Georgia to address student seating after backlash during Auburn game

Georgia to address student seating after backlash during Auburn game


Marc Weiszer, Athens Banner-Herald
Published 1:33 p.m. ET Oct. 5, 2020 | Updated 3:29 p.m. ET Oct. 5, 2020


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Georgia athletic officials will take steps before Saturday’s home game against Tennessee to address the issue of too many students gathering closely together after photos went viral this weekend from the first game in Sanford Stadium under reduced attendance.

Senior deputy athletic director Josh Brooks said there would be more staffing and better enforcement in the popular lower north 100 sections to remind fans to stay in their seating area, and students will be funneled to two other student areas elsewhere in the stadium.

“The biggest takeaway from me is we had 99% compliance from all of our fans. It’s just refining that 1%,” Brooks said. “The majority of our students were great. They had great attitudes, they were respectful, they were compliant, but it just takes a few who without having malicious intent just filtered down or get into areas where they’re not supposed to sit, especially when the cameras are down there and they’re trying to get a great camera crowd shot.”

Georgia had about 3,000 students in its announced attendance of 20,524 for its win over Auburn on Saturday night. It will be a different group of students for each of the three remaining home games, Brooks said.

The student seating — in pods of four — is marked off with a red vinyl wrap on top of the aluminum bleacher to designate where they are supposed to sit or stand.

“We just need constant reinforcement,” Brooks said. “The other thing that makes it look worse is the students are standing the whole time, so when you’re standing the whole time you don’t get a true sense of the vertical gaps. It looks more congested than it actually is.”

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SEC stadiums are reduced from 20% to 25% under COVID-19 protocols. Sanford Stadium’s total capacity is listed regularly at 92,476 and was filled at 22.2% Saturday.

“Just about one-fifth capacity but it feels a lot more crowded than that,” ESPN play-by-play voice Chris Fowler said on air before kickoff.

That might have something to do with how Brooks and his staff laid out the chairback seating in the stadium, using a stair-step pattern that makes it appear more packed, Brooks said.

“We explored several different seating patterns and came up with a pattern that was most efficient which basically yields the most seating which got you to 21%,” Brooks said. “The original models I looked at were at 17 or 18 percent. That’s what a lot of venues went with, the more simple, stacked approach.”

Some who saw the game air on TV were alarmed by fans sitting closely together, many without masks. Social media lit up with images seen from the ESPN national broadcast.

The SEC’s fan health and safety fan guidelines include “face coverings (over the nose and mouth) shall be required as a condition of all guest ingress, egress, and movement throughout the stadium, as well as any time guests are unable to maintain the recommended physical distance from others who are not in their same household.”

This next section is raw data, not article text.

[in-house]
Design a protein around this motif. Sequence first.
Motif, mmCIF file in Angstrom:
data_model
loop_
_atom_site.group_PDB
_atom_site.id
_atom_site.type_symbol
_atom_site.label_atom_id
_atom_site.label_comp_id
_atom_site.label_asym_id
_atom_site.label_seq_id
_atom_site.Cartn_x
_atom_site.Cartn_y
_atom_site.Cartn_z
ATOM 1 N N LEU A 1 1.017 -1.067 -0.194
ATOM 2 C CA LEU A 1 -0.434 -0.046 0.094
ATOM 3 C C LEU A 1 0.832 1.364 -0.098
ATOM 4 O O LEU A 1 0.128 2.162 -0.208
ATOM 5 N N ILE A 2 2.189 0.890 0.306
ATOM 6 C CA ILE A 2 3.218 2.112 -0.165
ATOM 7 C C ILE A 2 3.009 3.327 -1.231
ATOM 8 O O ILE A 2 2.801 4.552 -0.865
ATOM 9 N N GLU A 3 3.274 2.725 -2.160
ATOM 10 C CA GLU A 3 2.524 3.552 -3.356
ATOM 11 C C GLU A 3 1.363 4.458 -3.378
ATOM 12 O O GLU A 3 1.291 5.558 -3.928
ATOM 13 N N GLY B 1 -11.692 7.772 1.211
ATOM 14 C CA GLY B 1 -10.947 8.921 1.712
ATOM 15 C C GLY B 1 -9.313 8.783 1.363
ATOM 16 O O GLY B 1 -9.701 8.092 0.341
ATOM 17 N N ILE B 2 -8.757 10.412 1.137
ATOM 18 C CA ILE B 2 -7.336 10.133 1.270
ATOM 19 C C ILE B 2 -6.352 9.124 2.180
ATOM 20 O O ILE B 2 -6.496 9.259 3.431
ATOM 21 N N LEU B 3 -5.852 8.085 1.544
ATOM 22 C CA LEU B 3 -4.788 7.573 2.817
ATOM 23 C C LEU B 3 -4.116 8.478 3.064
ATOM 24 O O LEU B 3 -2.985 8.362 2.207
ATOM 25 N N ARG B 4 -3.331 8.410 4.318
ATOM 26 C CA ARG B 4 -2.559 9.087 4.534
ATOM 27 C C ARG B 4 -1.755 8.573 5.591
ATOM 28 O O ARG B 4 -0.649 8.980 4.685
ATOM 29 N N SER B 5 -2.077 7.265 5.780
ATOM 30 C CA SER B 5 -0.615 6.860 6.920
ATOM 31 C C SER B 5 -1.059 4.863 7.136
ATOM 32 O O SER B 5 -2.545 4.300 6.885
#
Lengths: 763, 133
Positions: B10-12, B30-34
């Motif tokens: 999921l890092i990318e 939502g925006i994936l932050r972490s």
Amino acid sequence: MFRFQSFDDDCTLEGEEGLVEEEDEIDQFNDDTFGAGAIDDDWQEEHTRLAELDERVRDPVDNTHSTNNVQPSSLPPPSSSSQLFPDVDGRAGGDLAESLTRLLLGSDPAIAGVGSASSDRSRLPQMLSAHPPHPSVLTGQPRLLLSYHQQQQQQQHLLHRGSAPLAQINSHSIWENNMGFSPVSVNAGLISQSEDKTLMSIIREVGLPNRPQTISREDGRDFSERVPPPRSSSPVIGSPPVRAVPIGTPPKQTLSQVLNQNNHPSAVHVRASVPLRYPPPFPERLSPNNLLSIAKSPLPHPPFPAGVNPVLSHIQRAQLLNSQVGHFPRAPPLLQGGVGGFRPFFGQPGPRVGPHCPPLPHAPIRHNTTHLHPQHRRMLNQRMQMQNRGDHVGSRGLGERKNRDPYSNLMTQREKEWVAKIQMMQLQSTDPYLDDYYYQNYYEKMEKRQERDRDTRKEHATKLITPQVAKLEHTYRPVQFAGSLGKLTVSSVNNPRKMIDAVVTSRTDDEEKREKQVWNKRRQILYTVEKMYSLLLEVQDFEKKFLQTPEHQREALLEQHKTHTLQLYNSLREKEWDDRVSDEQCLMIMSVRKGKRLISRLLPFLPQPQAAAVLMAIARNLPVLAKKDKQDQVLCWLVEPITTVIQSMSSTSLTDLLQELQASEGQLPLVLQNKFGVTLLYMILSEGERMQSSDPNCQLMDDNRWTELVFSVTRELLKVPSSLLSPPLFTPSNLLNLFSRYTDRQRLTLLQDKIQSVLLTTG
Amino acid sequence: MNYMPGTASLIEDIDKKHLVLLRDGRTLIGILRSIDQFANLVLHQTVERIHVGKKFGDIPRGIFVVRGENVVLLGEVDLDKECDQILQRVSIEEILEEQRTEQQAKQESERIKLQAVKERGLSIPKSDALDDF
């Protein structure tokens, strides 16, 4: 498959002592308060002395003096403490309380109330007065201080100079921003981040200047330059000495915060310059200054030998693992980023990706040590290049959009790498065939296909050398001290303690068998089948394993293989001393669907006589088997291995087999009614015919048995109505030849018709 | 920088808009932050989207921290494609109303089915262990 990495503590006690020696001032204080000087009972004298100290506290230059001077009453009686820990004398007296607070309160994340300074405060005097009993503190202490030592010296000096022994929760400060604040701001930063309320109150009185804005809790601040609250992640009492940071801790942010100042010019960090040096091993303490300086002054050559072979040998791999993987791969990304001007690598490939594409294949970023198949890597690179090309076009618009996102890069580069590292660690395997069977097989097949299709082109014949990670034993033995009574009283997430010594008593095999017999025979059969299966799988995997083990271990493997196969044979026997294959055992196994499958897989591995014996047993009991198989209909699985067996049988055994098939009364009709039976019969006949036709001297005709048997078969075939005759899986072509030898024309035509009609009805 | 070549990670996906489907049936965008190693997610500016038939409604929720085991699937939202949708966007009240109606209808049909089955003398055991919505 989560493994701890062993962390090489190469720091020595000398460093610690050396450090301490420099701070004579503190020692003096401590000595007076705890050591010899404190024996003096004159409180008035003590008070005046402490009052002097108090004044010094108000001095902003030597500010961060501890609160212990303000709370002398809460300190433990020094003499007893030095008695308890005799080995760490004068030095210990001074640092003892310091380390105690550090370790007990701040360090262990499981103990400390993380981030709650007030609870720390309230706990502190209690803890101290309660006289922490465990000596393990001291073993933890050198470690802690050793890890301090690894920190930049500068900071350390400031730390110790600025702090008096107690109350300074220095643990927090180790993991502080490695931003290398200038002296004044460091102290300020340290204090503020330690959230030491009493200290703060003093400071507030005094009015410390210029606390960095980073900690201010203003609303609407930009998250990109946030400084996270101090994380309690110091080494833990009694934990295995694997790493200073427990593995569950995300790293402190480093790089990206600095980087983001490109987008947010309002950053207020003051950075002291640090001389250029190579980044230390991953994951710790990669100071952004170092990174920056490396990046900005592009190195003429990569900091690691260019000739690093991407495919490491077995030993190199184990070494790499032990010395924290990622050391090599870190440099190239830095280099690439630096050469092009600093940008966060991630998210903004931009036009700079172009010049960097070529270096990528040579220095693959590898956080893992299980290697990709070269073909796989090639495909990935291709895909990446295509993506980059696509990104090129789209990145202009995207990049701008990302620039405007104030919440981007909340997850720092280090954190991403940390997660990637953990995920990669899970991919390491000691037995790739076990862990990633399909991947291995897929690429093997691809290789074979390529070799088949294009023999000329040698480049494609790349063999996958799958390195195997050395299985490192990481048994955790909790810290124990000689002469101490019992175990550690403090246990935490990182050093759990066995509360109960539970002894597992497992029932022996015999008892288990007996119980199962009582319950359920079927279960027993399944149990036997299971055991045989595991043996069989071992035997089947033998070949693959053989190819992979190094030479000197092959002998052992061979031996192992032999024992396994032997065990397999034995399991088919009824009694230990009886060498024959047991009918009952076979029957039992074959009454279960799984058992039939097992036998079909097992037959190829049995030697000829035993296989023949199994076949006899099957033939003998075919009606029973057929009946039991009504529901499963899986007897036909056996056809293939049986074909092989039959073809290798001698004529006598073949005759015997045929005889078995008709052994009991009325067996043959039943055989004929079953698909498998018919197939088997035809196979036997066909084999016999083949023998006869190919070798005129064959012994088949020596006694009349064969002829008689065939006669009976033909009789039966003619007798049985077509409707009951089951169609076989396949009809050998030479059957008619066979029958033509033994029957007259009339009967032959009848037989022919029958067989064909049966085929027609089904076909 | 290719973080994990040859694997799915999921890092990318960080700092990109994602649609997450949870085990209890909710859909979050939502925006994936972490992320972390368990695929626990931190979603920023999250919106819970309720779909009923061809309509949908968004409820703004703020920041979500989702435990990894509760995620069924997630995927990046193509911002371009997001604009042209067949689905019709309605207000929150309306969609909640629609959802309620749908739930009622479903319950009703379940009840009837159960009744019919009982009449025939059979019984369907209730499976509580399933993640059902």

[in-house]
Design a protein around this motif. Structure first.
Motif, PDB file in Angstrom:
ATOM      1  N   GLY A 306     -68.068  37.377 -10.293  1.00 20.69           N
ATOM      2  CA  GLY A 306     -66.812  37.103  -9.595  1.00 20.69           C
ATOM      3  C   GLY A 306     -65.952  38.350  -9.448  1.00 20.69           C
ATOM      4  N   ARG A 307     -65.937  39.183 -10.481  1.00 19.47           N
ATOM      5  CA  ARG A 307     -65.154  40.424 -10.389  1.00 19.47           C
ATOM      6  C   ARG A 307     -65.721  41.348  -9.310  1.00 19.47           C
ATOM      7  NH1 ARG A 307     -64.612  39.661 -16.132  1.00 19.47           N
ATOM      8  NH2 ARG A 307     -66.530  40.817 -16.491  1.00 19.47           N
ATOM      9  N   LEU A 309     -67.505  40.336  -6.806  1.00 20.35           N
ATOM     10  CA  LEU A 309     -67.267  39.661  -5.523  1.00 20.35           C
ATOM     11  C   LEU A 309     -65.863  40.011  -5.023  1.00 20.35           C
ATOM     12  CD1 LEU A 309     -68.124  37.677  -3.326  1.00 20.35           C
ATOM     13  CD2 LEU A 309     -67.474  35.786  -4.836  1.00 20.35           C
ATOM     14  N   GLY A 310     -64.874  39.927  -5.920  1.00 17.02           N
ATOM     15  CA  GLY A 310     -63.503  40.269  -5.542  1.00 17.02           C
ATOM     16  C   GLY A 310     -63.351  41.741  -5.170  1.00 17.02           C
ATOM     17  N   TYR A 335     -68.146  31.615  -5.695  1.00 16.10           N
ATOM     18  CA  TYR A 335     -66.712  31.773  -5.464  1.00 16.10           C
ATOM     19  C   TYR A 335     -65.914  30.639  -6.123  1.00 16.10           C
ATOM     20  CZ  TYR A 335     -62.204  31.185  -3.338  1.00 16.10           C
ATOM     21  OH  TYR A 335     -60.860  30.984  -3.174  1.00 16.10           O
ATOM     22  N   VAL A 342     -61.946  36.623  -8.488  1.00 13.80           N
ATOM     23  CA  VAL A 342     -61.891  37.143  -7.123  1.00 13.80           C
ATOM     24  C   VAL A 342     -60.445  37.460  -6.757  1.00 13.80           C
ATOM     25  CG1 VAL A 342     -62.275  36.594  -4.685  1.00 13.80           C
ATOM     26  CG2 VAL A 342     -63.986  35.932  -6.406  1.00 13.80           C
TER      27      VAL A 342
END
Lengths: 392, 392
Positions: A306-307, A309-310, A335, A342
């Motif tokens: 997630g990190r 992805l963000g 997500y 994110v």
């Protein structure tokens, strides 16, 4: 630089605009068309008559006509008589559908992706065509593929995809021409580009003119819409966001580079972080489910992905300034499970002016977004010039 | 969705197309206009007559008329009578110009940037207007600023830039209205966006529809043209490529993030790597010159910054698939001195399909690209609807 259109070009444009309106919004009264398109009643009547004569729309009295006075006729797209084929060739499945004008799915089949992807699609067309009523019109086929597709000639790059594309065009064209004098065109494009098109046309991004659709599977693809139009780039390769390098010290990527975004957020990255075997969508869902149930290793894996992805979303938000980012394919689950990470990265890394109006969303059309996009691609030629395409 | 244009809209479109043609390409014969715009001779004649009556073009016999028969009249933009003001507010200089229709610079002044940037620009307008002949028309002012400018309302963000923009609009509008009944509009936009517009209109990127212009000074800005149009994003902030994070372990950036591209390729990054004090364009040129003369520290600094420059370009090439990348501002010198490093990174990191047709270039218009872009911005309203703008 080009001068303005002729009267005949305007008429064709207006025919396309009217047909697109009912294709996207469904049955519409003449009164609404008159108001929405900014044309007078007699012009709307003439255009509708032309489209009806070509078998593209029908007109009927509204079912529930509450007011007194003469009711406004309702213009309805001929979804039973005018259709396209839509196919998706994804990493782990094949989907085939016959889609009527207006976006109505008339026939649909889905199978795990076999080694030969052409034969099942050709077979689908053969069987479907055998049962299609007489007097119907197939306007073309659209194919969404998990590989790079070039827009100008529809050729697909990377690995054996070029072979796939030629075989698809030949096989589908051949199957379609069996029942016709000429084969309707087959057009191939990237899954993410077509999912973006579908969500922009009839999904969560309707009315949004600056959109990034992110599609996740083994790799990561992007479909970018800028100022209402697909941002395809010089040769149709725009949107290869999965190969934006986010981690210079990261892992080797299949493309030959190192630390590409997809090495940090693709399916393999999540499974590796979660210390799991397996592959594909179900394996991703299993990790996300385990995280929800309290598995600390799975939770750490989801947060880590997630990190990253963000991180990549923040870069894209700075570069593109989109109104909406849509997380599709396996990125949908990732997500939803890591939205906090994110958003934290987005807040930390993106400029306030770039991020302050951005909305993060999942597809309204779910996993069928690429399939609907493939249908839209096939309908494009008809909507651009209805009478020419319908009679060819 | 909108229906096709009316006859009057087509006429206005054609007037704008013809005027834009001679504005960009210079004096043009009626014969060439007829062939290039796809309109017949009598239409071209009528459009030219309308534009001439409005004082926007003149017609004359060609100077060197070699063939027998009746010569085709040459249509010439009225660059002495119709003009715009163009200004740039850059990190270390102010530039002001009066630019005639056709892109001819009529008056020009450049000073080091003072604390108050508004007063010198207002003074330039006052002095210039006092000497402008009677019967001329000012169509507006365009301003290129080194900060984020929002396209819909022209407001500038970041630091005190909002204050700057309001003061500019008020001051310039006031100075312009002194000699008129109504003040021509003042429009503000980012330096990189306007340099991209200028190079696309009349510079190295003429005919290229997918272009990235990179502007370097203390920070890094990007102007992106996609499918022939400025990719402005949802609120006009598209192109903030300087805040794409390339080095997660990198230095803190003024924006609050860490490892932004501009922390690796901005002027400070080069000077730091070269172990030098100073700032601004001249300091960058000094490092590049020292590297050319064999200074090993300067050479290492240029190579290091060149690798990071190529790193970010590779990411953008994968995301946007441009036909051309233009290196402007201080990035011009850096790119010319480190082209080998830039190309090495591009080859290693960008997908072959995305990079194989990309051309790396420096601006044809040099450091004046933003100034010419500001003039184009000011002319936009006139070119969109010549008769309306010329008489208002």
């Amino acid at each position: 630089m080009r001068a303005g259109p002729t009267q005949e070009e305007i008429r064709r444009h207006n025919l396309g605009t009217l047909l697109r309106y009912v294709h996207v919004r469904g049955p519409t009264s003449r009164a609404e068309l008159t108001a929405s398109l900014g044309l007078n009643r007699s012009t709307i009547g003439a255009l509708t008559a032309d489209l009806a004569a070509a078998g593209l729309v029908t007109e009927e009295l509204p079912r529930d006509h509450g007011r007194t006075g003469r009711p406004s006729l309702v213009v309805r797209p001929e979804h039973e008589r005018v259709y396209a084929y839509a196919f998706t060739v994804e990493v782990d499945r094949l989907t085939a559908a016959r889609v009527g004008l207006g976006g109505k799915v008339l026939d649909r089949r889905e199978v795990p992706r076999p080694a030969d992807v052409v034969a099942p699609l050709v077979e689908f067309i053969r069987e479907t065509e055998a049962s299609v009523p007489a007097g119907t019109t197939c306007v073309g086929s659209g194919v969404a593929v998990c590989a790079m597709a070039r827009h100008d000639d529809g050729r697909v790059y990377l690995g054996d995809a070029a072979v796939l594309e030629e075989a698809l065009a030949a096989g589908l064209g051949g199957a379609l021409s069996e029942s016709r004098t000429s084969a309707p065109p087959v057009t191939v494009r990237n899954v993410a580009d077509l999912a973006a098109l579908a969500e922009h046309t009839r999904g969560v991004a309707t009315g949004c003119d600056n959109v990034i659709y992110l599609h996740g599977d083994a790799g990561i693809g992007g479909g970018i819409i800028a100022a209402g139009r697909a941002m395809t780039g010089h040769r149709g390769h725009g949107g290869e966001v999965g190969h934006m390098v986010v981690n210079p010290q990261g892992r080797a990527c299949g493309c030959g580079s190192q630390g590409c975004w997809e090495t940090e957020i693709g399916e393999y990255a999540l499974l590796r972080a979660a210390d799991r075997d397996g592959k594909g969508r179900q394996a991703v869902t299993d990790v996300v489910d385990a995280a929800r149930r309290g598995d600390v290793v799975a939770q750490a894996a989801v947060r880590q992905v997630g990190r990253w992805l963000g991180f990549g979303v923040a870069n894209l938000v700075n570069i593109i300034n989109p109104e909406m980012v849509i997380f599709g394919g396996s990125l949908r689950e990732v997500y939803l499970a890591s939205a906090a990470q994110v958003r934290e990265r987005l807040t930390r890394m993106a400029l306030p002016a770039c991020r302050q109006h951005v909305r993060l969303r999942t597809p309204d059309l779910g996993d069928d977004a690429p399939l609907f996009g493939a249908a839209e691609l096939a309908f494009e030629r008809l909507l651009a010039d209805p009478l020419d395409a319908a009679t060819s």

The SEC did not return a Sunday message seeking comment on any response it may have to questions raised about the fans in Sanford Stadium. Brooks said he had not heard from the conference.

Face coverings are not required in the seating area at Sanford Stadium, a policy that is similar to Tennessee’s. Ole Miss also won’t be requiring fans to wear masks when seated, only when entering and exiting the stadium and moving about the concourses. That’s a change from its home opener when face covering were to be worn at all times but the stadium PA announcer came on the loudspeaker multiple times to remind fans to wear face coverings even when seated.

SEC schools that require masks to be worn in their stadiums at all times: Alabama, Missouri, LSU, Kentucky, Arkansas and Auburn. That’s according to beat writers who cover those teams for the USA Today Sports Network. Exceptions are made when eating or drinking.

At Vanderbilt’s home opener against LSU, the crowd was made up of only a limited number of students with no other fans of player family members. Students at Vanderbilt are tested weekly for COVID-19 and they seemed to comply with a mandatory mask policy. No concessions stands were open.

Brooks said not requiring face covering at seats “is a decision we made that we feel comfortable with. Two of the factors for us is it’s an outside event and once they’re at their seats they’re socially distanced from other groups.”

Brooks said the response he’s received from students, fans and donors who attended the game has “been overwhelmingly positive. The negative has been from what people may have been taken out of context on one shot on TV from one small group.”

Georgia’s policy for events in Stegeman Coliseum starting with volleyball will be masks are required.

USA Today Sports Network reporters Nick Suss, Brett Hudson, Eric Blum, Adam Sparks, Blake Toppmeyer, Jon Hale and Glenn Guilbeau contributed to this report.


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